Acknowledgments

Financial support

No financial support was provided relevant to this article.

Conflicts of interest

All authors report no conflicts of interest relevant to this article.

References

Rubin, R. COVID-19’s Crushing effects on medical practices, some of which might not survive. JAMA 2020;324:321323.CrossRefGoogle Scholar
Wong, L, Hawkins, J, Langness, S. Where are all the patients? Addressing COVID-19 fear to encourage sick patients to seek emergency care. NEJM Catalyst Innovations in Care Delivery website. https://catalyst.nejm.org/doi/full/10.1056/CAT.20.0193. Published May 14, 2020. Accessed October 1, 2020.Google Scholar
Monegro, AF, Muppidi, V, Regunath, H. Hospital-Acquired Infections. Treasure Island, FL: StatPearls; 2020.Google Scholar
Implementation of mitigation strategies for communities with local COVID-19 transmission. Centers for Disease Control and Prevention website. https://www.cdc.gov/coronavirus/2019-ncov/community/community-mitigation.html#table1. Updated May 27, 2020. Accessed October 10, 2020.Google Scholar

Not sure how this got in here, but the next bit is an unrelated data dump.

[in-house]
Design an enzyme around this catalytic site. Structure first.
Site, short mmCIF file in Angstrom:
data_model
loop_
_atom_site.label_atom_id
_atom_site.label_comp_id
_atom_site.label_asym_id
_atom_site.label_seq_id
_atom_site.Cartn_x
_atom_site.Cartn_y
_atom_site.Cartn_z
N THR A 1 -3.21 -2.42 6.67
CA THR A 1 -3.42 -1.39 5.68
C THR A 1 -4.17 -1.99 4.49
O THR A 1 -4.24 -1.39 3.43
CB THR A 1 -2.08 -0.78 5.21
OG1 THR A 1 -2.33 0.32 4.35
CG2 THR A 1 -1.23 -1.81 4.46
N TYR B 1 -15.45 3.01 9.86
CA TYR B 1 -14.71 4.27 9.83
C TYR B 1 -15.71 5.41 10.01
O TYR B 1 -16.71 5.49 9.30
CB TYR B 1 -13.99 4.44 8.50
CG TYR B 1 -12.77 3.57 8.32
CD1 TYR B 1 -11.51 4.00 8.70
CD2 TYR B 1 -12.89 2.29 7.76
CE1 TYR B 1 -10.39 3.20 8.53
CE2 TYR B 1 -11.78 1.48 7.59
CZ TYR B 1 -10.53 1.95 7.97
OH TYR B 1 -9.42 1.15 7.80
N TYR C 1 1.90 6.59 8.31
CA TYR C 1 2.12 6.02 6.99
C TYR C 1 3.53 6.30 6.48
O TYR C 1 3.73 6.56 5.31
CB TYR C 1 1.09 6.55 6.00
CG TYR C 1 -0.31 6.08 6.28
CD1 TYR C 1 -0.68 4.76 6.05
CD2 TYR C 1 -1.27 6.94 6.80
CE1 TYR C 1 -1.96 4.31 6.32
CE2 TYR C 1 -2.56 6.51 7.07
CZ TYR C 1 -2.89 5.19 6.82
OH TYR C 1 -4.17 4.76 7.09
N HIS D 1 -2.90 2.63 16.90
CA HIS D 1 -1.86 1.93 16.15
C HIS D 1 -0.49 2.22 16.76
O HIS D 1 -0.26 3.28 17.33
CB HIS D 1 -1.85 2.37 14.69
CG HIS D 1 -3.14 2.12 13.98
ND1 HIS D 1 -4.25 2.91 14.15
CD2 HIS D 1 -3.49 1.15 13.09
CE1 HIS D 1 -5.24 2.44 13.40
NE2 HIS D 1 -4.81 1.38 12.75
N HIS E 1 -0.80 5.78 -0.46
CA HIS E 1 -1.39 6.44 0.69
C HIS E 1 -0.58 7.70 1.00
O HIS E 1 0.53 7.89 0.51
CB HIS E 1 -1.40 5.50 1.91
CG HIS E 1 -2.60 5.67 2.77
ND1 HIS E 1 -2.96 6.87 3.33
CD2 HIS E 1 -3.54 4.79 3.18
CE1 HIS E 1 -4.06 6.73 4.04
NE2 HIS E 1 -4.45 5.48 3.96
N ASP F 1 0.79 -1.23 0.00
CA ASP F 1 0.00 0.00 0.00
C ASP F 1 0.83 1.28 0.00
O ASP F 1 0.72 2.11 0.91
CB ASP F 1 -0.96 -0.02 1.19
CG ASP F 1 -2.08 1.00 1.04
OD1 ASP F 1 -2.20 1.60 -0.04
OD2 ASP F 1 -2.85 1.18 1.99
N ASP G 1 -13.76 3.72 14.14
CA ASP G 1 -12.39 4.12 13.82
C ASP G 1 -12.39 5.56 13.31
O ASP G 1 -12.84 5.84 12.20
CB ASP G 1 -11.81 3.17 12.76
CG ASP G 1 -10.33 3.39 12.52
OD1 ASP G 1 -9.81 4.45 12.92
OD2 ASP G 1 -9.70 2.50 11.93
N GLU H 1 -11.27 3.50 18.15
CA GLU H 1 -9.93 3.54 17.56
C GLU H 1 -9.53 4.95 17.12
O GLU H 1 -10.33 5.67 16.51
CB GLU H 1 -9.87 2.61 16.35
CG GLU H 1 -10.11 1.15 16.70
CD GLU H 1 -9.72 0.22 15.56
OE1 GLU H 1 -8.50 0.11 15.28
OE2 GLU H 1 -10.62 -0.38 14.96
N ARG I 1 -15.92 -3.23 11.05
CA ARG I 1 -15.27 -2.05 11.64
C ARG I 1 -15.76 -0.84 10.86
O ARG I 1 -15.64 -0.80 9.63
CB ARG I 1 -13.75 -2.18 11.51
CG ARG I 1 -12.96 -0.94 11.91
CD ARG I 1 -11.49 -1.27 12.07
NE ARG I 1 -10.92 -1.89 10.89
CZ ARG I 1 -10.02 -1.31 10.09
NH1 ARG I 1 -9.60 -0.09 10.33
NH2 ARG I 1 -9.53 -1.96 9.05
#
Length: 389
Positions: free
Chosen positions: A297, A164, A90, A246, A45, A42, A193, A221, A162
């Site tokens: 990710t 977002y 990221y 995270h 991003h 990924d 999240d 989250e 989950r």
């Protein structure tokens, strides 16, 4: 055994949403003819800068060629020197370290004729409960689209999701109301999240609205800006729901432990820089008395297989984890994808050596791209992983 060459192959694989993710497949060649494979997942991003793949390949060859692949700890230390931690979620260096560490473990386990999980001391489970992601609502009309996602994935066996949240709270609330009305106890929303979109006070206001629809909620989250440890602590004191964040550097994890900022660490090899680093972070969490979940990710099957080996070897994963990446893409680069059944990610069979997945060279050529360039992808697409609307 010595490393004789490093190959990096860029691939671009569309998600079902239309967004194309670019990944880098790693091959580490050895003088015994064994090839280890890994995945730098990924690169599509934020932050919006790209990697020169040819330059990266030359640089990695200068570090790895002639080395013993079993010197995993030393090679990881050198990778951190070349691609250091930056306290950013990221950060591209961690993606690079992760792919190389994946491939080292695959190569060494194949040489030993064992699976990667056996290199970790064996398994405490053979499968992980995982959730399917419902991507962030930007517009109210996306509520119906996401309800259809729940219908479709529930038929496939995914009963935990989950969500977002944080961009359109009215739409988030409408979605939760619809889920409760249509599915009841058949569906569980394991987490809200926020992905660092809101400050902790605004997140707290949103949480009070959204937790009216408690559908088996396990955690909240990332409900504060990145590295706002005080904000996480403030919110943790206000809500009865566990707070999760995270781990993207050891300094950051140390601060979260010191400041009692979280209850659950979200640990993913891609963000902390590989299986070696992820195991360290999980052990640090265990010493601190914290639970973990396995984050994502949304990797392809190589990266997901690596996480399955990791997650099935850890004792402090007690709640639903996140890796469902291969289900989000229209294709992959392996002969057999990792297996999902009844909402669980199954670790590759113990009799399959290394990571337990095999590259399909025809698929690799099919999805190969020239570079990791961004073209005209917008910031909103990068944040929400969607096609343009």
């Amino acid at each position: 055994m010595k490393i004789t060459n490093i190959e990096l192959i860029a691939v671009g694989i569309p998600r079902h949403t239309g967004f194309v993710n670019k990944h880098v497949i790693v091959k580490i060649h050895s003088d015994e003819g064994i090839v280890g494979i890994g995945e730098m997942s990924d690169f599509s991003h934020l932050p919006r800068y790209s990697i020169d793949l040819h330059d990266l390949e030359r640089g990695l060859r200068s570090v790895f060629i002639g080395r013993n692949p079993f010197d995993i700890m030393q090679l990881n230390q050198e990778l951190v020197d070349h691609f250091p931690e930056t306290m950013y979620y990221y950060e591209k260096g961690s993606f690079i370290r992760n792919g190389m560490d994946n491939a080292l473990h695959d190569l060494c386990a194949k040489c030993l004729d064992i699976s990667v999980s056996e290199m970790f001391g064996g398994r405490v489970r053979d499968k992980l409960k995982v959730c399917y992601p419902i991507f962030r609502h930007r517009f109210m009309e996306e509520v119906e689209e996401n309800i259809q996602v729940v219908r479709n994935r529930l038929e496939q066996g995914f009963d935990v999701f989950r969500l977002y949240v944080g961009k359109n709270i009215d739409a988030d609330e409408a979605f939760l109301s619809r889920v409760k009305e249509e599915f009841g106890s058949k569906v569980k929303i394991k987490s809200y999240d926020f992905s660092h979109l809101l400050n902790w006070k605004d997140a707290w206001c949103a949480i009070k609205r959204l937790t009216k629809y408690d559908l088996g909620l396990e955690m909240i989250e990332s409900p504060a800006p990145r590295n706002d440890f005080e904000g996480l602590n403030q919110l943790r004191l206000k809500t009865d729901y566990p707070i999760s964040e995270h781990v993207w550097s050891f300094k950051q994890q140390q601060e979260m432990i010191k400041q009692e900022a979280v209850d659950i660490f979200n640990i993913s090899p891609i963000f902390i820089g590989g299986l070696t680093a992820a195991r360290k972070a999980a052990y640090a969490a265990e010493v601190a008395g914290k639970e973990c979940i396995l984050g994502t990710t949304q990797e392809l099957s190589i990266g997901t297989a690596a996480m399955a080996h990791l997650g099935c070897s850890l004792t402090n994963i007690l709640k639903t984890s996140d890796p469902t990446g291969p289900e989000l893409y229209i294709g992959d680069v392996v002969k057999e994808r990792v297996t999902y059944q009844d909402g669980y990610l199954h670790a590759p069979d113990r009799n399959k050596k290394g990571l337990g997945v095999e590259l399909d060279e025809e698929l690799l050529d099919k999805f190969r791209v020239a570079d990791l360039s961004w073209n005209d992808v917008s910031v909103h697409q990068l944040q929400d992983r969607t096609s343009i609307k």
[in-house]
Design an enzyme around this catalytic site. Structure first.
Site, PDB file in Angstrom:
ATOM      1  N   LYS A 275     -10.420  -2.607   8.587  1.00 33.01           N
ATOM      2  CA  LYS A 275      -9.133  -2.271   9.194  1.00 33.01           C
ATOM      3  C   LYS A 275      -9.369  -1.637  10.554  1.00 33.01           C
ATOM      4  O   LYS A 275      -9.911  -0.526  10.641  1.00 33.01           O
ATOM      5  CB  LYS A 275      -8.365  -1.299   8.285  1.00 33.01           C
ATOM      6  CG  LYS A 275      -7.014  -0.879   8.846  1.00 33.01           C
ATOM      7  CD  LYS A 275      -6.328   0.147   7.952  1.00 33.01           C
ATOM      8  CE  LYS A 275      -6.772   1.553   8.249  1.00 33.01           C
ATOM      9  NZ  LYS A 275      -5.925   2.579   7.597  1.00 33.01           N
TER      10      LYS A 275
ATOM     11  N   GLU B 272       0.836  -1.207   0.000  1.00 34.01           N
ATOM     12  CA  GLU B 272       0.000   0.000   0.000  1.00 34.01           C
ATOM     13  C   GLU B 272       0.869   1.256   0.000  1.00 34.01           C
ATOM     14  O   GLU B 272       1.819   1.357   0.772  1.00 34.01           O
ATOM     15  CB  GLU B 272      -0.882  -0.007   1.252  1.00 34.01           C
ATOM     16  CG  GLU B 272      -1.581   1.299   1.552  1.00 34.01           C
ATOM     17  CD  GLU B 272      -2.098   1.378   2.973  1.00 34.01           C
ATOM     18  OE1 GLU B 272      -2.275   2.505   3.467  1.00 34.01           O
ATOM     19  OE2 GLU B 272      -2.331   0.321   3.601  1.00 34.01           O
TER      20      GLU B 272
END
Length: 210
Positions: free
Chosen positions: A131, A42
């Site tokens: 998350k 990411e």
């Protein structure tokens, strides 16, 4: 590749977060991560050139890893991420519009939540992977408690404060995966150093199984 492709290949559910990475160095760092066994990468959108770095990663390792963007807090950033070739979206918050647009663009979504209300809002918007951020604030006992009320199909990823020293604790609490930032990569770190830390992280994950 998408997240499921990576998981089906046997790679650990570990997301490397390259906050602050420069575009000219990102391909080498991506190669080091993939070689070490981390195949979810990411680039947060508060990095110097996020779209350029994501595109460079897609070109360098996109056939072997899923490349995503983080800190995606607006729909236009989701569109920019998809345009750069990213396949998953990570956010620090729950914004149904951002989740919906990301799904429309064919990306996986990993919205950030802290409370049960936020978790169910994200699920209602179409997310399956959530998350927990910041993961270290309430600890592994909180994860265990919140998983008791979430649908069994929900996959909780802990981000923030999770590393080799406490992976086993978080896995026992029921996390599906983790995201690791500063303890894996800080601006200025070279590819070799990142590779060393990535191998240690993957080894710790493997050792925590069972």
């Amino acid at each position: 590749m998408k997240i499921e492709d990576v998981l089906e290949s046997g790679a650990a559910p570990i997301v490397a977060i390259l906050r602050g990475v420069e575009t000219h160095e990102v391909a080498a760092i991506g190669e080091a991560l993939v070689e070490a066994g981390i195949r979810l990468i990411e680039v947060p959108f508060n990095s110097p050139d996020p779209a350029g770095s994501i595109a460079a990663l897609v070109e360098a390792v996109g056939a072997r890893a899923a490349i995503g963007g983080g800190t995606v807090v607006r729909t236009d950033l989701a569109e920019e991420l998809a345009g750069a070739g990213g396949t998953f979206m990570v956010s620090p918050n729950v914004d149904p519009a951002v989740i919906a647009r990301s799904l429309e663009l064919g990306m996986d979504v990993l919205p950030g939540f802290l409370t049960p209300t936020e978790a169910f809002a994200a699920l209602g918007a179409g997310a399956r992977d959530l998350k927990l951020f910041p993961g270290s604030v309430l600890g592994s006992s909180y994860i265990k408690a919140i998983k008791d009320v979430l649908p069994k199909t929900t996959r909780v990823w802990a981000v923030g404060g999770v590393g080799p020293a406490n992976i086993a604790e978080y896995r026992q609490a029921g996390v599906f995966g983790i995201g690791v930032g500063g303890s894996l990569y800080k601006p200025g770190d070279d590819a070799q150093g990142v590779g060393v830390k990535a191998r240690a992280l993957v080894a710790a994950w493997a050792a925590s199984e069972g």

Rhee, C, Baker, M, Vaidya, V, et al. Incidence of Nosocomial COVID-19 in Patients Hospitalized at a Large US Academic Medical Center. JAMA Netw Open 2020;3(9):e2020498.CrossRefGoogle Scholar
VDH announces results of COVID-19 serology study—roughly 2.4% of adults had prior COVID-19 infection with rates higher among Hispanic population. Virginia Department of Health website. https://www.vdh.virginia.gov/news/vdh-announces-results-of-covid-19-serology-study-roughly-2-4-of-adults-had-prior-covid-19-infection-with-rates-higher-among-hispanic-population/. Published September 18, 2020. Accessed October 1, 2020.Google Scholar
Figure 0

Table 1. Summary of Probable and Confirmed Healthcare-Associated (HA) COVID-19 in an Academic Medical Center